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We are developing a REST API and, in addition to various resources which developers can access, our application sends information to listener scripts on client servers.

Our API documentation lists all of the "Resources" which client applications can access. That part is easy.

But how should we list the various %???% in which our application will POST content to client listener scripts?

As developers, how would you expect these %???% to be named?


Note 1: I've used %???% because I don't know what to call them. Note 2: First time I post to stackoverflow, so apologies if I've failed to follow protocol.


Sorry for the lack of clarity.

Our API receives requests from clients. It also sends requests to clients.

For example, when the client receives a message, we will send that message to their server. Or when the status of one of the messages they sent earlier have been updated, we send the update to their server.

Or, to use Twitter as example (imagining we were Twitter), that when you were mentioned in a tweet, we sent the details of that tweet to your server

When a client sends a request to our API, that is being described as "Accessing a Resource" and the documentation lists "Resources".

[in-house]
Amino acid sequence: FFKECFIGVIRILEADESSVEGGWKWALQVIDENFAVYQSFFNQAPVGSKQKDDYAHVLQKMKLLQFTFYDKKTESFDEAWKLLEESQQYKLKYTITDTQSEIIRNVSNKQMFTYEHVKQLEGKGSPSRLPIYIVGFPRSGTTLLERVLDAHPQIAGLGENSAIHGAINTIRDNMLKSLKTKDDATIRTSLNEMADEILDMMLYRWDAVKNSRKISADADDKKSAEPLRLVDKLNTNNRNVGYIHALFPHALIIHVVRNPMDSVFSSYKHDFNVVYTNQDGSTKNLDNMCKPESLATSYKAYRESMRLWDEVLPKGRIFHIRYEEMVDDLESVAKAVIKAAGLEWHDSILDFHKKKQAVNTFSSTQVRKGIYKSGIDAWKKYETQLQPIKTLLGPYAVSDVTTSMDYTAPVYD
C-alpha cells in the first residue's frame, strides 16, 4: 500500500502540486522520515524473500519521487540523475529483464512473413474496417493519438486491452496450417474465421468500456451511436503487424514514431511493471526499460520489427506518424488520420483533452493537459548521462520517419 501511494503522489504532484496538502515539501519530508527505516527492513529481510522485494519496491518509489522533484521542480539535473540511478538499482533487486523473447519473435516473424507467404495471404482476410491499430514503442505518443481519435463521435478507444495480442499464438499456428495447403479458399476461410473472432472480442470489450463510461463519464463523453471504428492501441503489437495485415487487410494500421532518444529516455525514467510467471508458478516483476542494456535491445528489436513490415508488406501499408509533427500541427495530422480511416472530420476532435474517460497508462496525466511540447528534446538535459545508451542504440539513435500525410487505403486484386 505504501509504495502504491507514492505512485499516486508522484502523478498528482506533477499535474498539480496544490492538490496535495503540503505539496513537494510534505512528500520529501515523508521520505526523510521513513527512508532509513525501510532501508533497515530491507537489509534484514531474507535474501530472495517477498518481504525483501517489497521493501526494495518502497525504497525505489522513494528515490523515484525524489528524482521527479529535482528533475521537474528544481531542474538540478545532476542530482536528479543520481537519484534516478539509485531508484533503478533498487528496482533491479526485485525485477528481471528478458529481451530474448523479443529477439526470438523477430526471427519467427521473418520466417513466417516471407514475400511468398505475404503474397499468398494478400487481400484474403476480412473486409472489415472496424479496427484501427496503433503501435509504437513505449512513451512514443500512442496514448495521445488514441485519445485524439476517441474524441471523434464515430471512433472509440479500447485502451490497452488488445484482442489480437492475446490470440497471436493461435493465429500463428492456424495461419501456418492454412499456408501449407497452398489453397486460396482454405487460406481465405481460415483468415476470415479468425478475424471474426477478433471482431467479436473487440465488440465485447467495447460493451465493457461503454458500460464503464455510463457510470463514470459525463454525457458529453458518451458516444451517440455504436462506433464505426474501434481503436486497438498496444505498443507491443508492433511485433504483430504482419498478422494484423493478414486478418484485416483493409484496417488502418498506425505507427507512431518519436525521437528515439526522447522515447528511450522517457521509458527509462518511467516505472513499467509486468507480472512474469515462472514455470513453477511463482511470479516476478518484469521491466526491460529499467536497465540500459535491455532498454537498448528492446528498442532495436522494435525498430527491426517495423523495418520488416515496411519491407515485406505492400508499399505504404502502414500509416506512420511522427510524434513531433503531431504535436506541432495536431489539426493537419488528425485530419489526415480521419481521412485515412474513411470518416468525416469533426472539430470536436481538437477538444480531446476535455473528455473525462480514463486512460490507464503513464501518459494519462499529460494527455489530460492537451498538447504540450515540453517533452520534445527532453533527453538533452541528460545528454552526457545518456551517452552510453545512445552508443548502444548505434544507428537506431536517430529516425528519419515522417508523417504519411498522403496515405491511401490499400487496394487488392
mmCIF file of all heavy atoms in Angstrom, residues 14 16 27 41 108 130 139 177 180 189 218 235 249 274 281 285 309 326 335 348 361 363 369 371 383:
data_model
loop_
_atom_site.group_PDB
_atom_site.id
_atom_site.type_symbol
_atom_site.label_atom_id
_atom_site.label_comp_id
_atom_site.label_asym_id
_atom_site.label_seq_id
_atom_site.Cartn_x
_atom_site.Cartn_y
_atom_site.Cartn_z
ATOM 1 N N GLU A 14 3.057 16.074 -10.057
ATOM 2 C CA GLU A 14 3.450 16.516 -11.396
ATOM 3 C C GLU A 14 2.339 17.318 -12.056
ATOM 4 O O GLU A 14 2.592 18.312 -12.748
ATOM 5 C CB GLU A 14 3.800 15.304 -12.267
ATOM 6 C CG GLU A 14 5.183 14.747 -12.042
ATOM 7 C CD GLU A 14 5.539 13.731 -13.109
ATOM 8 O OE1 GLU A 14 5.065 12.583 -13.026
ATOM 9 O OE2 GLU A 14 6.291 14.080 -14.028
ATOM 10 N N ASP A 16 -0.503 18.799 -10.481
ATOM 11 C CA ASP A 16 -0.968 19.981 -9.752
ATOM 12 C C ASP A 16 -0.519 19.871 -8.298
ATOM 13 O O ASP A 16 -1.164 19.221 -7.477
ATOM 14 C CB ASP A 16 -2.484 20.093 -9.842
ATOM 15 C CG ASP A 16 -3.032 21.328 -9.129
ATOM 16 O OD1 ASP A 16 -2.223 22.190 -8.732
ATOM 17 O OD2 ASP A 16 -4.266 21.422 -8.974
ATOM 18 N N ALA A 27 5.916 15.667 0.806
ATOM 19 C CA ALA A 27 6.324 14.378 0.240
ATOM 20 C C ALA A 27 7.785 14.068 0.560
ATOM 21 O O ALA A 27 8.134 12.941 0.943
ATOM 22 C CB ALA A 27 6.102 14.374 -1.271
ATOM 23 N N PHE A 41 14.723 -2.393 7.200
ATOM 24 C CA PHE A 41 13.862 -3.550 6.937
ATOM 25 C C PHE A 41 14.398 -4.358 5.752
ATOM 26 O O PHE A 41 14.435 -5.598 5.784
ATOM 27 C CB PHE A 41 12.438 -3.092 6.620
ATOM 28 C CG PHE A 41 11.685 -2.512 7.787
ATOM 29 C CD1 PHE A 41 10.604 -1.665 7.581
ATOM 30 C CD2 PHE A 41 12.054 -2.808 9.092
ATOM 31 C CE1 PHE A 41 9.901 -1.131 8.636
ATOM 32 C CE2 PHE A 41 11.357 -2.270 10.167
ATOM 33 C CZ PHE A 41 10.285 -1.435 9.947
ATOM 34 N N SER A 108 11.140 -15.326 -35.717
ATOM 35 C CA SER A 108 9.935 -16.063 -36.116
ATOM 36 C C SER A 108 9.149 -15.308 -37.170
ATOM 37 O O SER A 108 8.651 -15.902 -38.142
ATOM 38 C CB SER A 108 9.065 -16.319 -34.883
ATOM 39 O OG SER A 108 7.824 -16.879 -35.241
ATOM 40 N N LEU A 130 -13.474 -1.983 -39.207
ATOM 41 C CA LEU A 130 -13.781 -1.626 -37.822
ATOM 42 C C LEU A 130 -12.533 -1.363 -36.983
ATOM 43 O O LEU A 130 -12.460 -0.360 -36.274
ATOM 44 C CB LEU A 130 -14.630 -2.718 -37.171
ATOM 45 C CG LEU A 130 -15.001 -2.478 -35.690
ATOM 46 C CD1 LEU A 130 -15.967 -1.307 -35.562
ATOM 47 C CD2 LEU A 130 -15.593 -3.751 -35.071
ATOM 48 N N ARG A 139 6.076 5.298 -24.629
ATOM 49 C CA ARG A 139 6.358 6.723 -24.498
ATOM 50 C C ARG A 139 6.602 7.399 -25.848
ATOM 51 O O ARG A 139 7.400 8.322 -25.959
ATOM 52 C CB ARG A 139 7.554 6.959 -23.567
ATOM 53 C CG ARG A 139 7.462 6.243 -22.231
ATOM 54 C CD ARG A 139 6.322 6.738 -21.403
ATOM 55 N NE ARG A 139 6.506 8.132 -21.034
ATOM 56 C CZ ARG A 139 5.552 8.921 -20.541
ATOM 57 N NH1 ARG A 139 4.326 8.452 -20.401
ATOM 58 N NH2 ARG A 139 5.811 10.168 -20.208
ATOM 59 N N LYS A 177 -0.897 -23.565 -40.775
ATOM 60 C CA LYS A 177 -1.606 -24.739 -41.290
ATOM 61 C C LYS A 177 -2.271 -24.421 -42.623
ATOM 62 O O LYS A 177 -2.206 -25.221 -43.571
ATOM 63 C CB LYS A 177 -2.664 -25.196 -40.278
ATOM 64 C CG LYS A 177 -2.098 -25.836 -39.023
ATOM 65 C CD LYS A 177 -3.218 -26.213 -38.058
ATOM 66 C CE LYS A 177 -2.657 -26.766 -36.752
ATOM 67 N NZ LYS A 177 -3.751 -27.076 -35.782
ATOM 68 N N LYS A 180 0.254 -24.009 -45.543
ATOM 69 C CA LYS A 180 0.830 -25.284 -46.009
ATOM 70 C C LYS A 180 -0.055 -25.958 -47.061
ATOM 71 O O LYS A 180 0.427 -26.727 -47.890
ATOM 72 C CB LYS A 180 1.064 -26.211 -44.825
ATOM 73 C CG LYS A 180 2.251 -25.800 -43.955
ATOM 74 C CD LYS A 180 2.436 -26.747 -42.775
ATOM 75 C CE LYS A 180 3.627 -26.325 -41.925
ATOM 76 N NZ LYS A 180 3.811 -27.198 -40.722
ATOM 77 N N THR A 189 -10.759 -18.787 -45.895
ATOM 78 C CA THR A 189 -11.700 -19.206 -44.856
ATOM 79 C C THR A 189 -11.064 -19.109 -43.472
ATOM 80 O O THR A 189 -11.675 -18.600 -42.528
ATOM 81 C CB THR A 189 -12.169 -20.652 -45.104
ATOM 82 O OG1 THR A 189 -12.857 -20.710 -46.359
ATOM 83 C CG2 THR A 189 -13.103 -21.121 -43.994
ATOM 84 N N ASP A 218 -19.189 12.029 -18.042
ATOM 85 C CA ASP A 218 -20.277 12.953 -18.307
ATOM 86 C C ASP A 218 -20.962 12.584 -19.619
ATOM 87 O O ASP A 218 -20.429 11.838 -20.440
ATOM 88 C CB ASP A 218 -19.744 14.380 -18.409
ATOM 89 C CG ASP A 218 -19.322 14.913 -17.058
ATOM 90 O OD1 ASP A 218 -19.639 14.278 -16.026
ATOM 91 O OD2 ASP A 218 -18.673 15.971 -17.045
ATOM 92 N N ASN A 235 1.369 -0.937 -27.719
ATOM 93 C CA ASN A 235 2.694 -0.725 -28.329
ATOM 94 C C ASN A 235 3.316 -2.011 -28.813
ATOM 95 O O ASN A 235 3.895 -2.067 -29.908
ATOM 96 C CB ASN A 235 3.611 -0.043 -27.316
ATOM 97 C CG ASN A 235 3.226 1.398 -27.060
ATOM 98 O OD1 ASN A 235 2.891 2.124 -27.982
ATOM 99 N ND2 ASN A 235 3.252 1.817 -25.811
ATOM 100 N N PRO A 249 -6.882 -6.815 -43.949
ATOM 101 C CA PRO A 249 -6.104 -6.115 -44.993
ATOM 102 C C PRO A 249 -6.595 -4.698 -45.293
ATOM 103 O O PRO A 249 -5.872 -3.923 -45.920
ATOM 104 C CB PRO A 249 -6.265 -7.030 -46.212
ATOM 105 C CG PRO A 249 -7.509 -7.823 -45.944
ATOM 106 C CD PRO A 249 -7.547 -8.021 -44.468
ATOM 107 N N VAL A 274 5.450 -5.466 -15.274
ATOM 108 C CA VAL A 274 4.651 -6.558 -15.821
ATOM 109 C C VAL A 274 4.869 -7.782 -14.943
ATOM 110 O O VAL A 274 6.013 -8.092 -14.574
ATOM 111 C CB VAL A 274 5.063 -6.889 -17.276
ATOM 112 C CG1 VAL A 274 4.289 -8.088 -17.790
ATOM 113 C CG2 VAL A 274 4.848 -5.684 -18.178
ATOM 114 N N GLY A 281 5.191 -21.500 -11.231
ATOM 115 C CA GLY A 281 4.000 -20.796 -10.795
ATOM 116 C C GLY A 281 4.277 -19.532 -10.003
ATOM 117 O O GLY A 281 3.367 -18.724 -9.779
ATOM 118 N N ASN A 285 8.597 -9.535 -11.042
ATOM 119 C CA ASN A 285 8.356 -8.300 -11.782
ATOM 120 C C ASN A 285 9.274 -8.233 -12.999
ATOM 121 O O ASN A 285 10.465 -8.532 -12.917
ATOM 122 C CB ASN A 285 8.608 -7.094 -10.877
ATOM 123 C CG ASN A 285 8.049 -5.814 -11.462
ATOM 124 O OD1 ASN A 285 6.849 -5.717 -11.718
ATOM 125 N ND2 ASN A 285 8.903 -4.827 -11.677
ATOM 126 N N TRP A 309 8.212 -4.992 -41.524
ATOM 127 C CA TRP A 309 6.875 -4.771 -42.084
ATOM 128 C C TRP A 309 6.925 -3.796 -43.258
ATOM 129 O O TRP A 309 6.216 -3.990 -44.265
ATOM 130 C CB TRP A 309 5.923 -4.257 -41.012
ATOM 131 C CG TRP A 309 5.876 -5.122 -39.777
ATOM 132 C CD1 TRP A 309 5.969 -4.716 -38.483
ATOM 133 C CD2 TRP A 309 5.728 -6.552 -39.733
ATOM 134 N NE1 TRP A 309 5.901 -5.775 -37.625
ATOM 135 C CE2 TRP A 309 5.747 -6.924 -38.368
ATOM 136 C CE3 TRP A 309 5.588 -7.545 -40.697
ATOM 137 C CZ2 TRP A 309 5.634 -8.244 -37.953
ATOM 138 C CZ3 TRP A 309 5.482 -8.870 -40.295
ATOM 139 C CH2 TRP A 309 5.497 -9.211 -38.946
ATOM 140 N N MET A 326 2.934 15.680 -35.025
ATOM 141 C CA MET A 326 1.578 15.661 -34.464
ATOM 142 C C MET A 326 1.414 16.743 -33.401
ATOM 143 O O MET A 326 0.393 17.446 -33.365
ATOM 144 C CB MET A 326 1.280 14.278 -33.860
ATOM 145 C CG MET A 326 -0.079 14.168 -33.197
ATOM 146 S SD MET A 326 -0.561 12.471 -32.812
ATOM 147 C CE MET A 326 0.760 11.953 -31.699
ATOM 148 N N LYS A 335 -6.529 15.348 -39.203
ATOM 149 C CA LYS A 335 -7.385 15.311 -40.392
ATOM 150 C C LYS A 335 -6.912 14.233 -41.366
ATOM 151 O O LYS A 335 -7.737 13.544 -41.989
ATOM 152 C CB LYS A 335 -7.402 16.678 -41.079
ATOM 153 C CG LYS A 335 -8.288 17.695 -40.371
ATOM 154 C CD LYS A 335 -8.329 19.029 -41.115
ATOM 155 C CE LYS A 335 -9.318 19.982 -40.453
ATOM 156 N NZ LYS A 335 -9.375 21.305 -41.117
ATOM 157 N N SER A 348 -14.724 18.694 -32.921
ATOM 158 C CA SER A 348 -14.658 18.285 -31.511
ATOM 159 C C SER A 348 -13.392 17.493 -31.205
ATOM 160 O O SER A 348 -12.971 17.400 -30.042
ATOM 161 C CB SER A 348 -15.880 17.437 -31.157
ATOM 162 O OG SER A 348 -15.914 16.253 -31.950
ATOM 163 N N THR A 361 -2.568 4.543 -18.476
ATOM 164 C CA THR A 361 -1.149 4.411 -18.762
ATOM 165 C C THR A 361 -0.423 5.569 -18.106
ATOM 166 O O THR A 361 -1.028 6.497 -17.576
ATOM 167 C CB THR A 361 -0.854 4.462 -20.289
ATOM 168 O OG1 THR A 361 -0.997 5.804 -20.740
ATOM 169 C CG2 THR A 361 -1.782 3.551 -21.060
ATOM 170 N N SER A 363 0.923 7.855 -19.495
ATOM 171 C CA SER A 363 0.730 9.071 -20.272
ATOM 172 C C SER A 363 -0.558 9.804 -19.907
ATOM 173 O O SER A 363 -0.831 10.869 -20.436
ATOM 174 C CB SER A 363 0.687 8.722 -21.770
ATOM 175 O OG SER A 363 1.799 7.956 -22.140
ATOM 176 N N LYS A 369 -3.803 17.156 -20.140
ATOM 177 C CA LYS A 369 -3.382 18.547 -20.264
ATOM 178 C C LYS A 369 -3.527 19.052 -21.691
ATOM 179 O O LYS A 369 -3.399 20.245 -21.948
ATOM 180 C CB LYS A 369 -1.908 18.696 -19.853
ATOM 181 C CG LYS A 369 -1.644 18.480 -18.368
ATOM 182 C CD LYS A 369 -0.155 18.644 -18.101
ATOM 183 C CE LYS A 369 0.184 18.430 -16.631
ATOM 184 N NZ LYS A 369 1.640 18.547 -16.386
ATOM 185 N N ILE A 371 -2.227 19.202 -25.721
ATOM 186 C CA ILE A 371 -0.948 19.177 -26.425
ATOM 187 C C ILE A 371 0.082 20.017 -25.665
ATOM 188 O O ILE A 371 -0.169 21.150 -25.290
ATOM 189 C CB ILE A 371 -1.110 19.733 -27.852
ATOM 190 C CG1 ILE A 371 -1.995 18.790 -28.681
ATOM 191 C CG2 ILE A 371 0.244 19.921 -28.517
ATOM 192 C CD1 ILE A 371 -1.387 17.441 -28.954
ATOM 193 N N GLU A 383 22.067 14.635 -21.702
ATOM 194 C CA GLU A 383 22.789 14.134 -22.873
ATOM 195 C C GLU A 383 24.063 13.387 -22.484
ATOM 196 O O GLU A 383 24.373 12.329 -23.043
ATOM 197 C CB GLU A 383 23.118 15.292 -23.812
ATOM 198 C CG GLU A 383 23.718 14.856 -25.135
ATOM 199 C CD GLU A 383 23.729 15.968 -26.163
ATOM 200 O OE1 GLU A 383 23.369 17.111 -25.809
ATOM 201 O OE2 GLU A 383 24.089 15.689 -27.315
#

But what do we call it when our API sends a request to a client? e.g. API-Originated Method?

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Just document what you're going to send and what the clients should listen for. I can't tell you what I'd expect them to be named because you don't say what you're doing. –  Cfreak Aug 7 '12 at 3:20
If there is a POST there is probably a form. The annotation %???% looks vaguely like PHP; is that what you are using? Then maybe add the [php] tag. –  tripleee Aug 7 '12 at 3:26
I've updated the original post for improved clarity. –  fambi Aug 7 '12 at 4:53
@Cfreak - You've almost understood my question. We are, of course, documenting the parameters etc. My question is more about organising the documentation. One section of the specifications is called "Resources" (i.e. what clients access on our API) and the other section (which deals with what we send to client servers) is called [FILL IN THE BLANK] –  fambi Aug 7 '12 at 5:05
With all due respect you're over-thinking it. Take a look at Paypal's NVP Documentation It is similar to what you're doing. –  Cfreak Aug 7 '12 at 13:44

1 Answer 1


I don't care how they are named as long as there is some convention to it!

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